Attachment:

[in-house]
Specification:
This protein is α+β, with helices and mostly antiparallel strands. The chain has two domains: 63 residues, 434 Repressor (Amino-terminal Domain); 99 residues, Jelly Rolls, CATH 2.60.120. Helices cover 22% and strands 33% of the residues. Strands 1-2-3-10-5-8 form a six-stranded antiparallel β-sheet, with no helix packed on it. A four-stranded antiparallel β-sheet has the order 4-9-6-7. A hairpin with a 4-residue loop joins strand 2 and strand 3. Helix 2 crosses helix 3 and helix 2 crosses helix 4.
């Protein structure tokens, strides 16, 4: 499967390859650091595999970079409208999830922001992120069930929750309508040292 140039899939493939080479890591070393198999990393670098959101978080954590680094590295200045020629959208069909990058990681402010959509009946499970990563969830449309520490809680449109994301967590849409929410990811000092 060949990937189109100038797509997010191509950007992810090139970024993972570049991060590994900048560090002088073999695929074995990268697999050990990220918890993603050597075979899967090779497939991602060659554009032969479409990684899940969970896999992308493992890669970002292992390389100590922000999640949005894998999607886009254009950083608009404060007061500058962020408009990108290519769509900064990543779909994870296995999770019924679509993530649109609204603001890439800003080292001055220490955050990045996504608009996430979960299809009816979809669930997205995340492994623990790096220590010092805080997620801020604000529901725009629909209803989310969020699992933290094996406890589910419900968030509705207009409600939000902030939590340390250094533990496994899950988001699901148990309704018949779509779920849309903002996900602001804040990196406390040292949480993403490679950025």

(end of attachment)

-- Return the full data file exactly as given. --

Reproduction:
[in-house]
Specification:
This protein is α+β, with helices and mostly antiparallel strands. The chain has two domains: 63 residues, 434 Repressor (Amino-terminal Domain); 99 residues, Jelly Rolls, CATH 2.60.120. Helices cover 22% and strands 33% of the residues. Strands 1-2-3-10-5-8 form a six-stranded antiparallel β-sheet, with no helix packed on it. A four-stranded antiparallel β-sheet has the order 4-9-6-7. A hairpin with a 4-residue loop joins strand 2 and strand 3. Helix 2 crosses helix 3 and helix 2 crosses helix 4.
């Protein structure tokens, strides 16, 4: 499967390859650091595999970079409208999830922001992120069930929750309508040292 140039899939493939080479890591070393198999990393670098959101978080954590680094590295200045020629959208069909990058990681402010959509009946499970990563969830449309520490809680449109994301967590849409929410990811000092 060949990937189109100038797509997010191509950007992810090139970024993972570049991060590994900048560090002088073999695929074995990268697999050990990220918890993603050597075979899967090779497939991602060659554009032969479409990684899940969970896999992308493992890669970002292992390389100590922000999640949005894998999607886009254009950083608009404060007061500058962020408009990108290519769509900064990543779909994870296995999770019924679509993530649109609204603001890439800003080292001055220490955050990045996504608009996430979960299809009816979809669930997205995340492994623990790096220590010092805080997620801020604000529901725009629909209803989310969020699992933290094996406890589910419900968030509705207009409600939000902030939590340390250094533990496994899950988001699901148990309704018949779509779920849309903002996900602001804040990196406390040292949480993403490679950025």